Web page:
North Korean loan sharks typically
lend out bundles of 10,000 Chinese yuan notes to borrowers. Image: Daily NK
Reports of violence are increasing in North Korea as loan sharks turn to drastic measures to collect their debts. Many are reportedly finding it difficult to repay their personal money lenders as recent sanctions and other factors have led to economic difficulties. Heated disputes are expected to rise as the end of the year approaches.
A source in North Hamgyong Province informed Daily NK on November 27 that “arguments between loan sharks and borrowers are a common sight in the markets and in villages these days. In cases where it seems the borrower will not be able to pay, it’s common for the lender to resort to violence.”
The source also spoke of a recent incident in Musan where a person was beaten and their livestock and television taken from their home after they could not pay back their loans in time. They allegedly borrowed 100 kg of flour and 10,000 Chinese yuan from a lender in Chongjin this past summer.
“The person was first introduced to the lender through a relative in Chongjin. The lender also started a conflict with the relative who introduced them, because that person also had a house to their name. The borrower is a man working in the Musan ore mines who apparently had planned to smuggle and sell iron ore to repay the loan, but conditions did not allow this to happen this year,” he added.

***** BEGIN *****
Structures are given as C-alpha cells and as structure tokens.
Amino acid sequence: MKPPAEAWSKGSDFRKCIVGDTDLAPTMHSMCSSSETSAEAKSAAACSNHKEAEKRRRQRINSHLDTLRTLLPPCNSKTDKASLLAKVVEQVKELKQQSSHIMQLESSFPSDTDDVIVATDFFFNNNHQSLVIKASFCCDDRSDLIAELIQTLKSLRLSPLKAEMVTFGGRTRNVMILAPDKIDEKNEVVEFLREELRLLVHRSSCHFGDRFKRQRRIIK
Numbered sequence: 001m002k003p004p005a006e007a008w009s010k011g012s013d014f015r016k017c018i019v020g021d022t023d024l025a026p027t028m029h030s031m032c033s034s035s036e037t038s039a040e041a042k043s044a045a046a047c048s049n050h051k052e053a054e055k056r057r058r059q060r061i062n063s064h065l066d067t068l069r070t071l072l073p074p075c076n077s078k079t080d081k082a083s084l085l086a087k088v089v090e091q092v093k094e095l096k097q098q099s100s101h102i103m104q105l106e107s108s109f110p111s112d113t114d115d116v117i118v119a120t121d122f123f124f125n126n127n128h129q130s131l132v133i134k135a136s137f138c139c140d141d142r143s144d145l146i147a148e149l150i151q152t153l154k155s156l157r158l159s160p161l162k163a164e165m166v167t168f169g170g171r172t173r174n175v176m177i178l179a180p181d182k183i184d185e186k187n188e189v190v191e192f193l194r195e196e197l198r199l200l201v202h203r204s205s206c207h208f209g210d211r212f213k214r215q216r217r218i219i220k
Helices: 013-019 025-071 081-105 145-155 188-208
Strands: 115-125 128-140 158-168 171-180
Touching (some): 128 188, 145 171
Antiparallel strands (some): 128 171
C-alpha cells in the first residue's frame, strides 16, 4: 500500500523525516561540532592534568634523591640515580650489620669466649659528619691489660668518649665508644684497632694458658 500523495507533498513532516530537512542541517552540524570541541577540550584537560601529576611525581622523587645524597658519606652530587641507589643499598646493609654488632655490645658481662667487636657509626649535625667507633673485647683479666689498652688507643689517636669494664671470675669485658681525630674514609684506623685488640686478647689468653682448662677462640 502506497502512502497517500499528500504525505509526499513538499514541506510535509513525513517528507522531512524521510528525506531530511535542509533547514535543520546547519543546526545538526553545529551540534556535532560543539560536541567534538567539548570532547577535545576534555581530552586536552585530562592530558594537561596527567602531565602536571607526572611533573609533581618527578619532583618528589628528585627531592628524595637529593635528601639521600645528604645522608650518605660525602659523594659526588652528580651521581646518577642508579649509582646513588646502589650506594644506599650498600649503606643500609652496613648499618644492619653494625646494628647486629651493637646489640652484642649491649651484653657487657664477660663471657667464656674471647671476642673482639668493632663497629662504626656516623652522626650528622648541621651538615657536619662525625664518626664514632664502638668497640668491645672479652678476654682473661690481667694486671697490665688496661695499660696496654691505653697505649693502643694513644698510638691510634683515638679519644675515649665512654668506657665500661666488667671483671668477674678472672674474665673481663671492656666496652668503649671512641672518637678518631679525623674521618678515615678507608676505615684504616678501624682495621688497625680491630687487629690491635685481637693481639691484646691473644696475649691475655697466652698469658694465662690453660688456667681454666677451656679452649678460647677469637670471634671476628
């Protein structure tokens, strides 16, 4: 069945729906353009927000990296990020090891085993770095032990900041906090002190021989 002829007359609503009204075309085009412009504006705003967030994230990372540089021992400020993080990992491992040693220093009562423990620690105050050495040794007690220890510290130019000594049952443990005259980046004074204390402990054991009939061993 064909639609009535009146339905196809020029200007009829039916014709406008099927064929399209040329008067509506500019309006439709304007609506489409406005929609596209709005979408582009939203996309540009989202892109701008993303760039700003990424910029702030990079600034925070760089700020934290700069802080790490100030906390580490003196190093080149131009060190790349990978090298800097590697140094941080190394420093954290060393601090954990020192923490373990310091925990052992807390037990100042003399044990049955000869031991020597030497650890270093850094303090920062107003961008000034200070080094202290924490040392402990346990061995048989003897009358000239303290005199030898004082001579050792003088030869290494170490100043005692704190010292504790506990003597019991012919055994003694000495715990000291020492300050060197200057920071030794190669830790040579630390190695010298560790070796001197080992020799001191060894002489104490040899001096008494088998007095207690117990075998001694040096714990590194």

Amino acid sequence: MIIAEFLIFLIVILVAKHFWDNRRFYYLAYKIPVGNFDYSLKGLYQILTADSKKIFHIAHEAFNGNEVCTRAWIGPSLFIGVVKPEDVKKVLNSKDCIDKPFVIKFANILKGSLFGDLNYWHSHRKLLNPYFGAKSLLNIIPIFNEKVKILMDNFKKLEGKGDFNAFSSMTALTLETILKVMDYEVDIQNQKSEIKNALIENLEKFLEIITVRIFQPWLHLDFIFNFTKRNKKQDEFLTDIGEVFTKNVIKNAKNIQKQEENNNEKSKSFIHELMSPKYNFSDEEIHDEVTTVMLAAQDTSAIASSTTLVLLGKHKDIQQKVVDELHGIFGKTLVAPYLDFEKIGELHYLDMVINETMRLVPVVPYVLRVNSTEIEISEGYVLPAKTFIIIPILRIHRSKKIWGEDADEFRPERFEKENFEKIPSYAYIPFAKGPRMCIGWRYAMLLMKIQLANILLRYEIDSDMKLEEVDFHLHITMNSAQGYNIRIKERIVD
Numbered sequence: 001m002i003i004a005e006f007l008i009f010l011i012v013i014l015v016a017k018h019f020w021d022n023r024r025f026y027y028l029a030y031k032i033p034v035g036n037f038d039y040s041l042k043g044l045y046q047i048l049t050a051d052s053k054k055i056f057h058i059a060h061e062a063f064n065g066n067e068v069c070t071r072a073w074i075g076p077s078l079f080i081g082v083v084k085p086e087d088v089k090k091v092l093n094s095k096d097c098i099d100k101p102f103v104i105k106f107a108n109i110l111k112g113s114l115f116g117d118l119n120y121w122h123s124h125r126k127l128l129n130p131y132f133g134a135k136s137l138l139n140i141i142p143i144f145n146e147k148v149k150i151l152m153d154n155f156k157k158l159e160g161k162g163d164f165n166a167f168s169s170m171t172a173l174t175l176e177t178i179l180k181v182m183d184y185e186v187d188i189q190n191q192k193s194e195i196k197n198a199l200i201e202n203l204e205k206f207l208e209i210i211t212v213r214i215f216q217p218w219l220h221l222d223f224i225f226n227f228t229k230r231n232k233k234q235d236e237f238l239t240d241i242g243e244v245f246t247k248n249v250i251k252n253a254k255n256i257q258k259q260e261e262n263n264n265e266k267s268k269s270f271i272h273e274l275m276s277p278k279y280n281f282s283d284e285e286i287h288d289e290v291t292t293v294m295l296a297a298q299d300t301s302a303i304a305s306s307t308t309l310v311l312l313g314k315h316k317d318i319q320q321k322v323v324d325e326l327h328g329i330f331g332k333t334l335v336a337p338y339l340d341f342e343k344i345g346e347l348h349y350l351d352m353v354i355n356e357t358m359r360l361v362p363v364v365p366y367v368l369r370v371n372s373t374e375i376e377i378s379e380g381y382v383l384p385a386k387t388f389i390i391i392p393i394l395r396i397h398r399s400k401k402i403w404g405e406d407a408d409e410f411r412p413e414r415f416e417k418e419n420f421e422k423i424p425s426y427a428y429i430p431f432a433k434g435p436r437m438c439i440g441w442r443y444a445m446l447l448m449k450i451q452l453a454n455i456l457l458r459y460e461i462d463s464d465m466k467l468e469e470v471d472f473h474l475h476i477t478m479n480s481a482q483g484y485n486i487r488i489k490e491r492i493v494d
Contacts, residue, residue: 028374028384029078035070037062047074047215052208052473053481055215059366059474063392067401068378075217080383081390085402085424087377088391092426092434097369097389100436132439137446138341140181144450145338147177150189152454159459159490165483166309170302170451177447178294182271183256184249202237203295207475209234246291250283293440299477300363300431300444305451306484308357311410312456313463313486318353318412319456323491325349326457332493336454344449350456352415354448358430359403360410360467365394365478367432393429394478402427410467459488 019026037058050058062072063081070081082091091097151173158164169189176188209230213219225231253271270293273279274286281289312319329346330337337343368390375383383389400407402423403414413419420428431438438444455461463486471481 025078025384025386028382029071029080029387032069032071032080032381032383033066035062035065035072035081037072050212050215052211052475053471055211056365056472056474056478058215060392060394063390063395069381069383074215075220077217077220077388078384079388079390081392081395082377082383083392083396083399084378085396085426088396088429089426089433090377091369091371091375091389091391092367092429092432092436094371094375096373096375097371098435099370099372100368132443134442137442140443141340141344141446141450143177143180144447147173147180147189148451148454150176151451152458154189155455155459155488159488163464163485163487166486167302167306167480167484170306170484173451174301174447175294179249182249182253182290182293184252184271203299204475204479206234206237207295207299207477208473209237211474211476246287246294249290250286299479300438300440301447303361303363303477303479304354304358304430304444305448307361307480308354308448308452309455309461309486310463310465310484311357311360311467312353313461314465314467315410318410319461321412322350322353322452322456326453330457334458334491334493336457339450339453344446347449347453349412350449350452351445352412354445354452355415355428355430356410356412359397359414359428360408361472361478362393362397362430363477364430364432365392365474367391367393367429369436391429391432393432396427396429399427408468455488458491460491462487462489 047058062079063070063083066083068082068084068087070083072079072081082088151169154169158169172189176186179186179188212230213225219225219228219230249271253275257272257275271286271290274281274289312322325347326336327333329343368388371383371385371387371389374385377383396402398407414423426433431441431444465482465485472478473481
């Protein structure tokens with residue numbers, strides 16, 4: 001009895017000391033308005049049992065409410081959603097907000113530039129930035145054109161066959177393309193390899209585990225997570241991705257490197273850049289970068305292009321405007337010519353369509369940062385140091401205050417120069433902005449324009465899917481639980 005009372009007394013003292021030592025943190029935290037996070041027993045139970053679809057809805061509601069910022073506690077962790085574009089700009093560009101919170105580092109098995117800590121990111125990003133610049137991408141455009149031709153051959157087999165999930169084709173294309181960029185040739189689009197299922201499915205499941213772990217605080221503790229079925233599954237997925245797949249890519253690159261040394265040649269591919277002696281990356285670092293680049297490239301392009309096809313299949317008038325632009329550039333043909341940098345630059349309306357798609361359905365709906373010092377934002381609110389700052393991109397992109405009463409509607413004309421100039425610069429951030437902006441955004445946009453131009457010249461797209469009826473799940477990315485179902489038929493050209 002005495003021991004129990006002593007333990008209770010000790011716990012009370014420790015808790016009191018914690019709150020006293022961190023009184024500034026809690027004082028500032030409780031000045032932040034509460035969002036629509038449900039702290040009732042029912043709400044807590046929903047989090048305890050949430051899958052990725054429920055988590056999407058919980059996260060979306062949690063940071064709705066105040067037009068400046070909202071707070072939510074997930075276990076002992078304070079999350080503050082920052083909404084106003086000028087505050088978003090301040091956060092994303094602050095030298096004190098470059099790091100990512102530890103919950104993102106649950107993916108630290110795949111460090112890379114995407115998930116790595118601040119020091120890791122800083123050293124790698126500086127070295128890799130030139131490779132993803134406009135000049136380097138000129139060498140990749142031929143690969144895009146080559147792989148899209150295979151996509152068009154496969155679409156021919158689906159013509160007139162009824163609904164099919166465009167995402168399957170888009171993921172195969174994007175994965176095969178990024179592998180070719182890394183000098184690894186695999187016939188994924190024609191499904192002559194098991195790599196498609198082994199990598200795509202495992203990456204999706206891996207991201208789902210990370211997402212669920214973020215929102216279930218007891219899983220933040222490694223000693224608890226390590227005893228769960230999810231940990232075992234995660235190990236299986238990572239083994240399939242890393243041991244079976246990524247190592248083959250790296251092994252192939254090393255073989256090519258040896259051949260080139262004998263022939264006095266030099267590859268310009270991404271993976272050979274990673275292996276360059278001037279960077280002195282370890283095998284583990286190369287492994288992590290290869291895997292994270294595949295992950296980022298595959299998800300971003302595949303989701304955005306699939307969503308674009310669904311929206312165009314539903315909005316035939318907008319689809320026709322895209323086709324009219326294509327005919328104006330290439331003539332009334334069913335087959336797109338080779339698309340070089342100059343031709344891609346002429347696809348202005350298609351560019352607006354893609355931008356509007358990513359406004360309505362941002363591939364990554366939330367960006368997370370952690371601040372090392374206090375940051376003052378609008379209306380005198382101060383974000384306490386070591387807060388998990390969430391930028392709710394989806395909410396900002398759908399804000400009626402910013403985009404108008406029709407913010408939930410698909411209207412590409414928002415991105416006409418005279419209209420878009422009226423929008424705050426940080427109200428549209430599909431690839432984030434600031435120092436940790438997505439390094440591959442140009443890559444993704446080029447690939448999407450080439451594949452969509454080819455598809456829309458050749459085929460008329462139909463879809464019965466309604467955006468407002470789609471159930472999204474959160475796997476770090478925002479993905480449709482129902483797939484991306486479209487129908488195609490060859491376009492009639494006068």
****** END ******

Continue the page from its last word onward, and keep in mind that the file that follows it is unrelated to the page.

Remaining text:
The problem is not isolated to rural villages, however, as the source describes how “even those in the cities who fail to pay back loans or interest on loans are being pursued by lenders. The situation is usually more violent in the cities, where lenders mobilize gangs to go out to collect or punish borrowers.”
Multiple sources confirm that these cases have become common across the entire country. One source in Ryanggang Province also told of the suffering of locals at the hands of violent loan sharks who are trying to settle their accounts before the end of the year. People are being harassed daily, with collectors staking out the homes of borrowers, keeping track of their movements, and threatening them if they do not pay their loans or interest.
A separate source in Ryanggang Province relayed a story from Hyesan in the beginning of November, where “a resident who could not pay their loan was forced to flee their home. Collectors harassed them and told them they had to report their location at all times, as they did not believe they would be able to collect.” This eventually led the person to run away.
She reiterated the connection between the recent increase in violent incidents and the end of the “fiscal year” where loan sharks are trying to close out more accounts than usual. The strengthening of international sanctions and a poor harvest this fall are also being cited as reasons for the sudden urgency.